Hey all. I was thinking about the recent Radar animation and I thought it would make a good tutorial.
Whether I am able to do it justice is another matter!
Ok, firstly I must credit the original static tutorial creator.
The original can be found HERE
authored by Chris G.
I didn't follow this tutorial word for word, though you might like to.
Because I was working with the thought of an Avatar image for ATS in mind I created a new image 160 x 160 with a transparent background. I set my
foreground colour to the green that radar brings to mind. And the background to black. (Obviously though there are numerous times throughout this
where you could alter something to suit your own tastes.)
Select the paintbucket tool, (G) Then press X (which swaps the foreground and background colours) and fill your square. Double click on the layer
panel (bottom right) and rename this from Layer 1 to Background.
Create a new layer and name this one Arm. Click on the paint Bucket Tool Icon and select Gradient Tool. Press X to swap the foreground/background
colours again, making our Green the foreground. Click on the Gradient Picker window (top left) and select Foreground to Background. To the right of
that window there is a slection of five icons for differing styles of gradient (Linear, Radial, Angle, Reflected and Diamond) choose Linear gradient.
Left click in the top left of your image (making sure you are still on the Arm layer) hold and drag diagonally toward the bottom right untill you are
just over half way. Now from the very top toolbar go to
Filter -> Distort -> Polar Coordinates
and select the Rectangular to Polar option.
In the Layers panel click the Create a New Set (folder) icon and drag both your Arm and Background layers into this 'Set 1' folder. You should now
have something like this:
In the Layers panel, make sure you close the 'Set 1' folder (the little triangle arrow next to the folder icon) then create a new layer. Name
this layer Overlay. Open the Marquee tool flyout (top of the left hand side toolbar) and choose Eliptical Marquee. Our image is 160 x 160 so with the
rulers up (Ctrl + R) and the units set to Pixels (right click on the ruler to set units) we can see when our Marquee crosshair lines up perfect
center. Holding down Shift+Alt left click and drag out to make a perfectly circular selection. Drag it out so the selection is about 10px shy of the
edges. Using the paintbucket tool fill the selection with the Green from earlier. Keeping that now Green circle selected (if you have accidentally
de-selected then just Ctrl-click the layer) Go to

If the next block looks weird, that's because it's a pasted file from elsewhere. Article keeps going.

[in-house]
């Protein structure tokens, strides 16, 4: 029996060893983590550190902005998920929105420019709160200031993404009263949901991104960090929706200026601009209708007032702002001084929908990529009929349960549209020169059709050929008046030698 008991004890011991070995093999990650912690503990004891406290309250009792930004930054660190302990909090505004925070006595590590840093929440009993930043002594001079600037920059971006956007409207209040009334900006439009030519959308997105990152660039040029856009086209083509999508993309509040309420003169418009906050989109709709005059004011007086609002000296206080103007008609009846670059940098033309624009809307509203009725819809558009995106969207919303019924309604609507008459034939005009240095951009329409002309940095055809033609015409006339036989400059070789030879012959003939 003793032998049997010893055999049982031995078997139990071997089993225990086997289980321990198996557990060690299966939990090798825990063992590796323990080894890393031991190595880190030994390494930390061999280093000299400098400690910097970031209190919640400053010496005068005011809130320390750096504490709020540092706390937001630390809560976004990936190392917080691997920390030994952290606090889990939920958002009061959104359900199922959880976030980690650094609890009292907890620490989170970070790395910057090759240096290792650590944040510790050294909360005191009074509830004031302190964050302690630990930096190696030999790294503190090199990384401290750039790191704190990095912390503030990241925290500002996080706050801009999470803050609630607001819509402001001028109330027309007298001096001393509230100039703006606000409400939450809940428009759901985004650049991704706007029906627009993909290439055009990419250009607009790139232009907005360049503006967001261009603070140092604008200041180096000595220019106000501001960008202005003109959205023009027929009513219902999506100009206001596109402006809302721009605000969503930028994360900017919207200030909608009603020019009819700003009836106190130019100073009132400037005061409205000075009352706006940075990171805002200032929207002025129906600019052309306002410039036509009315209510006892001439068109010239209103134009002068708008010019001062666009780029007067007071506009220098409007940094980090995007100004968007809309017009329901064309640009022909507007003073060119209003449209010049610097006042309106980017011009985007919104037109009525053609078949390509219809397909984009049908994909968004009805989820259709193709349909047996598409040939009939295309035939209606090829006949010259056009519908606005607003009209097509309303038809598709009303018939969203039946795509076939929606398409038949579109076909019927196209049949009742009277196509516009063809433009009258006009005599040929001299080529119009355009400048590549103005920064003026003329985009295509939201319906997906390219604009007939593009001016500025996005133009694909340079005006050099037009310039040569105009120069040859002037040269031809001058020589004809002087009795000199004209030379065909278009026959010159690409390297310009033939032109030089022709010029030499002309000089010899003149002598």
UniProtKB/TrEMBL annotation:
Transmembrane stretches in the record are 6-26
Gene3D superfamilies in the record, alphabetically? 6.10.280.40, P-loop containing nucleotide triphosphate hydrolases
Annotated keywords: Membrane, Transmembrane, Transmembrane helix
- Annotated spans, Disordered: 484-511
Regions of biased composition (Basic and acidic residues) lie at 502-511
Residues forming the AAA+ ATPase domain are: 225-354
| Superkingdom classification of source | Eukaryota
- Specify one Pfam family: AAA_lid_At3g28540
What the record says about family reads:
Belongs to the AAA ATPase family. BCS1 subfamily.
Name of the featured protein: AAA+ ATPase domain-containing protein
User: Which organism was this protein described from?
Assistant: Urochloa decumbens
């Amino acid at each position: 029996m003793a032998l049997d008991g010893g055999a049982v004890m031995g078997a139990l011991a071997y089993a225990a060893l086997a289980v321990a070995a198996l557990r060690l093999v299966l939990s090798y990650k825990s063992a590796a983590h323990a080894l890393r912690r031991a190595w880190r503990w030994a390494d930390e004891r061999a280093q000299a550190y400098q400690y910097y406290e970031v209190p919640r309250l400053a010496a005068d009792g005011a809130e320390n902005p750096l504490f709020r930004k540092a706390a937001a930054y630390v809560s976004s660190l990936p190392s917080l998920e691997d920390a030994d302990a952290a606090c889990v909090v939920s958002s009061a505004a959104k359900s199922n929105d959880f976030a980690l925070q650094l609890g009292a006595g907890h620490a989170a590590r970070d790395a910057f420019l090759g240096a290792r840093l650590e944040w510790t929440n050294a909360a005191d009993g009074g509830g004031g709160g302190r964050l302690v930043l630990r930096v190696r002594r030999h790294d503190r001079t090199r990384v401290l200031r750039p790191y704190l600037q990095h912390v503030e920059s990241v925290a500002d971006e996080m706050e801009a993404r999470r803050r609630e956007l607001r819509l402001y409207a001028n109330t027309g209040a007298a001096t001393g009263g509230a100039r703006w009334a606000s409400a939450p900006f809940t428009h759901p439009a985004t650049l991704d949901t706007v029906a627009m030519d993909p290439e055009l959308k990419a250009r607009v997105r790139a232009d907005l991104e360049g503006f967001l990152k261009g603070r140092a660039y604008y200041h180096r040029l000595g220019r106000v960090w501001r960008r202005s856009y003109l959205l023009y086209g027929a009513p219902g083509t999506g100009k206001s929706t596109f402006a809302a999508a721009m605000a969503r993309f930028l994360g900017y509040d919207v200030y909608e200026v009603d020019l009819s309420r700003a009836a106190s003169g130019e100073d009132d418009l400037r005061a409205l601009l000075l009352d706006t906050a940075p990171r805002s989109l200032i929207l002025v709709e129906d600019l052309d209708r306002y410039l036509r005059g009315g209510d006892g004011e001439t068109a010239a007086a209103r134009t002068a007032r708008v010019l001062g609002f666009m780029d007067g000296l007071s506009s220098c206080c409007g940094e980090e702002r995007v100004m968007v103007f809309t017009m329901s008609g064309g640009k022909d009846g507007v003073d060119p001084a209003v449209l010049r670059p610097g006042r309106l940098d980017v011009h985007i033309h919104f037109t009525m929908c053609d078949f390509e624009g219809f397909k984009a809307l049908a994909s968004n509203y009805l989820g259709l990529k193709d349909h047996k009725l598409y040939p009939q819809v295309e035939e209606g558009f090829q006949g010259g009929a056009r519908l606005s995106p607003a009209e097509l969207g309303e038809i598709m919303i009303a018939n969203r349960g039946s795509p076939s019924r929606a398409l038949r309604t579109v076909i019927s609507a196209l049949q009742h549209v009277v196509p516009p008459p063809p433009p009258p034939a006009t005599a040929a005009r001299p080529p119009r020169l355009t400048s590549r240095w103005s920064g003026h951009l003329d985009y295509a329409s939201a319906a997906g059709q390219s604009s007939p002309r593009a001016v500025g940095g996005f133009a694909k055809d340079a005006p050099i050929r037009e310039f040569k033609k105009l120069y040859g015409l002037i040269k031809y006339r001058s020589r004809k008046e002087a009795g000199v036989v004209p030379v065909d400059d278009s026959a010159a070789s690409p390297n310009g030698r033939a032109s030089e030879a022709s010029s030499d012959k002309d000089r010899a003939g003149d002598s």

Select -> Modify -> Contract
and contract the selection by 1 pixel, then cut out the remaining selection (Ctrl+X).
Duplicate this layer (don't worry about naming the duplicate) then go to
Edit -> Transform -> Scale
Up on the top toolbar change the width and height to 80%. Duplicate this new layer, and scale it to 75%. Duplicate again and scale to 65%. In the
layers panel you should now have four 'Overlay' layers. Keeping the top layer selected press Ctrl+E to merge layers down untill you are left with
only one 'Overlay' layer. You should now have a basic Radar layout something like this:
To this you can add whatever further decoration you desire, crosshairs, coordinate text etc. Just remember to keep the Overlay background
Now we get to the fun part - Animation.
Save your .psd image and open it up in ImageReady. In the layers panel go into Set 1 and select the Arm layer. Next, in the same window as the
Layers panel, click on the Actions tab bringing it to the foreground then scroll to find and select Spin. With Spin highlighted, click the 'Play
Selection' button as the bottom of the panel. Now you should see something like this:
If it is not up get the Animation slideshow window up by Window -> Animation. In this window, set the looping options (bottom left in the Animation
window) to Forever. Now click play in your Animation slideshow window you should now have a nice rotating radar.
Now to give it some signals!
Create a new image in ImageReady same size - 160 x 160. In the Animation window duplicate the current (empty) frame. Select the first frame.
Select the paintbrush tool and place a dot wherever you want to recieve a radar signal from (here I chose six O'clock). Now in the Animation window
select the second frame, then go to the Layers panel and toggle the visability (of our one and only layer) to off. In the Animation window select
Tween... Use these settings:
Tween With: Previous Frame
Frames to Add: 4
Layers : All Layers
Parameters: Position, Opacity and Effects. (All selected)
Now, if you click Play in your Animation window, you should see your six frame dot animation blinking:
Now, we have both images (blinking dot and Rotating Radar). With our new blinking animation selected, left clicking on the arrow in the grey bar in
the top right of your Animation window should bring up another fly-out menu:
From this menu go 'Select all Frames'. Then open it again and 'Copy Frames'
Now select the Rotating Radar animation. Click on the frame you wish your signal to appear in first, for this example I have used six O'clock, so
in my Animation window I would click on frame 7. Now if you then Shift-Click the last frame you want your (faded/fading) signal to appear in you will
select up to that frame inclusive. For example I Shift-Click 12, so have selected all frames 7 to 12:
Now open up the same fly-out we used to copy the frames and select 'Paste Frames...' In the pop-up box that appears, select 'Paste Over
Now in your Animation window (again with the Select looping options set to 'Forever') you can preview your Animated Radar with it's signal:
And there you go, add as many signals and radar screen decorationas you wish.
I hope this has helped someone get to grips with ImageReady a bit better. (It is my first ever tutorial)